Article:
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The Mergatroid surname is thought to be a habitational name from an extinct place name near Halifax in West Yorkshire. It has been suggested that the place name derived from the medieval personal name Margaret and the Middle English word "royd," meaning "a clearing." [1]CITATION[CLOSE]
Hanks, Patricia and Flavia Hodges, A Dictionary of Surnames. Oxford: Oxford University Press, 1988. Print. (ISBN 0-19-211592-8)

"This surname is derived from a geographical locality. 'of Mergret's royd,' i.e. Margaret's clearing; This surname has ramified strongly in Yorkshire, the county of its birth. Gilbert and Sullivan have immortalized the name, if it needed immortalizing; but it was a strong flight of fancy to place it so far from its true home." [2]CITATION[CLOSE]
Bardsley, C.W, A Dictionary of English and Welsh Surnames: With Special American Instances. Wiltshire: Heraldry Today, 1901. Print. (ISBN 0-900455-44-6)
Reaney agrees "from a lost Yorkshire place, 'Margaret's clearing'" [3]CITATION[CLOSE]
Reaney, P.H and R.M. Wilson, A Dictionary of English Surnames. London: Routledge, 1991. Print. (ISBN 0-415-05737-X)


Mergatroid Early Origins



The surname Mergatroid was first found in West Yorkshire where one of the first records of the name was Johanus de Morgateroyde who was listed as a constable appointed for the district of Warley in 1371. His name literally meant John of Moor Gate Royde. A few years later in 1379 in the Yorkshire Poll Tax Rolls, John Mergetrode was listed as holding estates in that shire at that time. [2]CITATION[CLOSE]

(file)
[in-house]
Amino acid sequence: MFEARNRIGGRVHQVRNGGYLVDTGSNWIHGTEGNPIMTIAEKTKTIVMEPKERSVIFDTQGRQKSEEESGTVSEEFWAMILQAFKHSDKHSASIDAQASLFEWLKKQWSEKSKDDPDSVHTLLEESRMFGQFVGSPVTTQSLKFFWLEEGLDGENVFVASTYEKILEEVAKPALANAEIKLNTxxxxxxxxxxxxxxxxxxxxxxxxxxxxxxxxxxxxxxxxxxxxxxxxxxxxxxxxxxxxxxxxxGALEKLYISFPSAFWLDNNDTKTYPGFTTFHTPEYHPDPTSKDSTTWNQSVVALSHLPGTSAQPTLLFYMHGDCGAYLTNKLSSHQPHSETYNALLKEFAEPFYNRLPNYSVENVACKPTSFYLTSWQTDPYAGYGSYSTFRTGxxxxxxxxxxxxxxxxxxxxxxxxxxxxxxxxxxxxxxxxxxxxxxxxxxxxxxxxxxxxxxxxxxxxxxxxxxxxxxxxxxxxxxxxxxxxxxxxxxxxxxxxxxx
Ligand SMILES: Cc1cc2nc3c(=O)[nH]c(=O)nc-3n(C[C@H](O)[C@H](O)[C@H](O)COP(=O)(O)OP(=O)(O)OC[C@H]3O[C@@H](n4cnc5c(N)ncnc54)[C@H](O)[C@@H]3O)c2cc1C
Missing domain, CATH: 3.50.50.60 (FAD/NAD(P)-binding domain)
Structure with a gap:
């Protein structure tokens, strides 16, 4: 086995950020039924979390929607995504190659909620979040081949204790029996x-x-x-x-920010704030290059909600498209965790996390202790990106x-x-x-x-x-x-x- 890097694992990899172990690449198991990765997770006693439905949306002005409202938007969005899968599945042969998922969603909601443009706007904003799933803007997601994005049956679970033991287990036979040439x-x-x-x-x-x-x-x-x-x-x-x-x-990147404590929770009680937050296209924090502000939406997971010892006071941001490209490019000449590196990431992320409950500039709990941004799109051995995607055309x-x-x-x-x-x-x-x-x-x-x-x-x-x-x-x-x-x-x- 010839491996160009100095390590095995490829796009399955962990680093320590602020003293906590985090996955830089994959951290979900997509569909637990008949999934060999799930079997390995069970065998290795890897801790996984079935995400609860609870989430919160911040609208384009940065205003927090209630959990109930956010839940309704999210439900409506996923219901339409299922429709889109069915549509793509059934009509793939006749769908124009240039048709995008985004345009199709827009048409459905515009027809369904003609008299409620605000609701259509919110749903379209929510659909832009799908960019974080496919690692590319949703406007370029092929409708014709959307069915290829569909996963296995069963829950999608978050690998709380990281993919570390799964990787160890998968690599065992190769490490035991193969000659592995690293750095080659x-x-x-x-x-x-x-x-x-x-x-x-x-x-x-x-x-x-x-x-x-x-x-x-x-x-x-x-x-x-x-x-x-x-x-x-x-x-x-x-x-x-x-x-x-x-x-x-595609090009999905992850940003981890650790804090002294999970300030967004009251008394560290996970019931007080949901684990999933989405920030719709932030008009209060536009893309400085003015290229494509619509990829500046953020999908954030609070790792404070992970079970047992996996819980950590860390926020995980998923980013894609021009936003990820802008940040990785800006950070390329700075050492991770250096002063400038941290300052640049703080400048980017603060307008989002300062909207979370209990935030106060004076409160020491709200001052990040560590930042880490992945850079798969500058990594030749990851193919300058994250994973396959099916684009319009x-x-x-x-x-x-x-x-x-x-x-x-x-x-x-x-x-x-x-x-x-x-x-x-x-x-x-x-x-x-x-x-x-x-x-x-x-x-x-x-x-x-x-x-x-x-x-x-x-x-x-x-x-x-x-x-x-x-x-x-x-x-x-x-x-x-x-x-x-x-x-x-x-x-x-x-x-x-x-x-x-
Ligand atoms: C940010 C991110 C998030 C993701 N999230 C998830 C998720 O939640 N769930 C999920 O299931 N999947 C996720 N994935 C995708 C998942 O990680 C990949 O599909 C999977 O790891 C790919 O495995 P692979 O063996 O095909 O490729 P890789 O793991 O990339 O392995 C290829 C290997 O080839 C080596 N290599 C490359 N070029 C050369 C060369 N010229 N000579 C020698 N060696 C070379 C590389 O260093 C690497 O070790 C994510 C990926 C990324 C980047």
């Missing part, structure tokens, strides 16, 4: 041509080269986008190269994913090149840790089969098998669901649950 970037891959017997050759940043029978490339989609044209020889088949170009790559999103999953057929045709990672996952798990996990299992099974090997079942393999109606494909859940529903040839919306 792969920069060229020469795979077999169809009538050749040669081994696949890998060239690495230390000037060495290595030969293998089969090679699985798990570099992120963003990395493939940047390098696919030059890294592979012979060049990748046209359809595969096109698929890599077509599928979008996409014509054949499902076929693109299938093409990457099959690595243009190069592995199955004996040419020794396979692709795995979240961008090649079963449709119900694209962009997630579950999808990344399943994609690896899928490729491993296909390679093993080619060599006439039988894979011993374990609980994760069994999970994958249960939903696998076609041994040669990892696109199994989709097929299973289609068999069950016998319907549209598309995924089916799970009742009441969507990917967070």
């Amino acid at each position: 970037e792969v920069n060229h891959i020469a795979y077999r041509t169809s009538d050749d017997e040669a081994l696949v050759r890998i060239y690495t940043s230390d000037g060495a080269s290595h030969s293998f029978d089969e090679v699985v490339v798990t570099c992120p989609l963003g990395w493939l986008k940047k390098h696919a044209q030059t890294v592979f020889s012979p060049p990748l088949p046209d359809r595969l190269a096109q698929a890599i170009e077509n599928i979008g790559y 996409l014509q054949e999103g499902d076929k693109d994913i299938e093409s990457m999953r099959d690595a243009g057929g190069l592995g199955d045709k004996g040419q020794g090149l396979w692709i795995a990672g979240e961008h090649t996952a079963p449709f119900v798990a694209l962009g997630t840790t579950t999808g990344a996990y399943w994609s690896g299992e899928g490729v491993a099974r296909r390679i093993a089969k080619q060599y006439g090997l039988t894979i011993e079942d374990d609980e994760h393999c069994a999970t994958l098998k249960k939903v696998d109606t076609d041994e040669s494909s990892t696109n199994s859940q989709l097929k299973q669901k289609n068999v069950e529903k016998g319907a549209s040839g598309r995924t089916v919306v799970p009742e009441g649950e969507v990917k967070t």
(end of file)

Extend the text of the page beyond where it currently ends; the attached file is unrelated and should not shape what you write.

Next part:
Bardsley, C.W, A Dictionary of English and Welsh Surnames: With Special American Instances. Wiltshire: Heraldry Today, 1901. Print. (ISBN 0-900455-44-6)

" Yorkshire has long been the home of the Murgatroyds. In the 17th century the family owned for a time the Riddlesden estate in Bingley parish; the name is still in Bingley town. James Murgaitroit was a Yorkshire gentleman who subscribed 25 for the defence of his country at the time of the expected Spanish invasion in 1588." [4]CITATION[CLOSE]
Guppy, Henry Brougham, Homes of Family Names in Great Britain. 1890. Print.